World of Children Award Stands with International Dignitaries to Remember Rwandan Genocide

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World of Children® Award Co-Founders travel to Rwanda to join international dignitaries in Kigali for April 7 commemoration event, Kwibuka20.

Jessica Markowitz with a student in Richard's Rwanda-IMPUHWE

The genocide in Rwanda was truly horrific, killing as many as a million people by the end, and leaving countless children as orphans. The war left a generation of children at risk, particularly female children, who society often overlooks.

On April 7, World of Children Award’s Co-Founders, Harry Leibowitz and Kay Isaacson-Leibowitz, will travel to Kigali, Rwanda, to attend the country’s 20th anniversary commemoration event of the 1994 genocide. They will join other international dignitaries in the lighting of the National Flame of Mourning at the Kigali Genocide Memorial Center and candlelit vigil at Amahoro stadium. Visit for more information.

April 7 will mark the 20th anniversary of the horrific genocide that began sweeping through Rwanda in 1994. Over the next 100 days, more than 800,000 Rwandans were killed; 300,000 were children.

“While it appears that no amount of remembrance can possibly stop the next genocide from occurring, and there are those who say it is happening right now in places like Syria, we must keep trying and we must remain ever vigilant,” Leibowitz said.

During their trip, Leibowitz and Isaacson-Leibowitz will also visit Richard’s Rwanda-IMPUHWE, a program that provides financial support to low-income girls in Rwanda’s rural town of Nyamata to enable them to complete their primary education and six years of secondary school. Richard’s Rwanda-IMPUHWE was founded by Jessica Markowitz from Seattle, Washington, recipient of the prestigious 2009 World of Children Youth Award.

“The genocide in Rwanda was truly horrific, killing as many as a million people by the end, and leaving countless children as orphans,” Markowitz said. “The war left a generation of children at risk, particularly female children, who society often overlooks. Girls are left in places of tremendous responsibility with no knowledge or support network. Girls have historically been marginalized and denied educational opportunities, especially in the rural areas. Girls are much more likely to drop out, even in the best of times, and barely half of those who enroll in primary school complete their education. And since girls have traditionally struggled in Rwandan society even more than boys, it made sense to make them the focus of my efforts.”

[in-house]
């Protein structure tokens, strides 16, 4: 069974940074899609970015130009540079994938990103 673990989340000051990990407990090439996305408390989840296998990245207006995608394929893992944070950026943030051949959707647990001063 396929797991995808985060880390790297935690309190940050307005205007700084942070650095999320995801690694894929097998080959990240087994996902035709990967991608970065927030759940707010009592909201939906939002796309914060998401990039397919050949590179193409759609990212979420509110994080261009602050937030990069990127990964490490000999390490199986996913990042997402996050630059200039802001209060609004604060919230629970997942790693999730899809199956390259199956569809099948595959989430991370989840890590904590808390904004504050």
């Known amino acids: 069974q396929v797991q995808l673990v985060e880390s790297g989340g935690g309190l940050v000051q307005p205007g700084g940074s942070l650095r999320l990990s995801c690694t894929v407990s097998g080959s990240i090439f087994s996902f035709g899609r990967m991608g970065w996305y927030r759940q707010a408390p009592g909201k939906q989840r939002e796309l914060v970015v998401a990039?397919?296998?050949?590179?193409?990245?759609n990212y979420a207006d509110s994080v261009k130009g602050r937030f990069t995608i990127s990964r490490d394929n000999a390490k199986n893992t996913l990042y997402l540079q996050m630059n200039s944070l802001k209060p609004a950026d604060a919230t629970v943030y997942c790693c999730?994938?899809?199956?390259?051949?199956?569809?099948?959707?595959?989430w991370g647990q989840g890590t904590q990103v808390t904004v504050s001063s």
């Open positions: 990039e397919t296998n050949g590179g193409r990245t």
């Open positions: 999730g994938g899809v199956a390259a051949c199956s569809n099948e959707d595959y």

Markowitz also received $15,000 in grant funding from World of Children Award to support girls living in the Bugesera District of Rwanda, paying for their school fees, school supplies, insurance and school uniforms.

Leibowitz, Isaacson-Leibowitz and Markowitz will attend the commemoration event in Kigali to remember the lives of those who were lost and unite with other leading humanitarians to take action against future genocides.

“There are those who will argue that we cannot be the world’s policeman and we cannot go to war every time one of these ugly hatreds reaches their ultimate climax,” Leibowitz said, “but as people of conscience we must be heard and we must stand up for the underprivileged. If we do not, the next genocide will certainly take us and all we love and cherish.”

About World of Children Award

Since 1998, World of Children Award has identified and vetted some of the world’s most promising heroes leading programs for children and granted funds to advance their efforts. The organization’s exhaustive research and vetting of individuals has been hailed by leading philanthropic organizations.

World of Children Award has been featured on the Huffington Post, in Kenneth Cole’s AWEARNESS: Inspiring Stories About How to Make a Difference and The Humanitarian Leader in Each of Us. World of Children Award Honorees have also been featured by The New York Times, CNN, The Ellen DeGeneres Show, The Bonnie Hunt Show, Fast Company Magazine, People, Glamour, TEEN Vogue, TIME for Kids, USA Today and the Christian Science Monitor, among several other national and international media. Earning a World of Children Award has often served as a pivotal launching point for recipients.

World of Children Award is led by Co-Founders Harry Leibowitz and Kay Isaacson-Leibowitz, retired senior executives from Procter & Gamble and Victoria’s Secret respectively, who first started the organization to honor individuals serving children with a Nobel Prize-like award. Since 1998, World of Children Award has granted more than $6 million in cash grants and program support to 100 Honorees who are the driving force behind programs serving children worldwide.

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Brock Weaver
since: 10/2009
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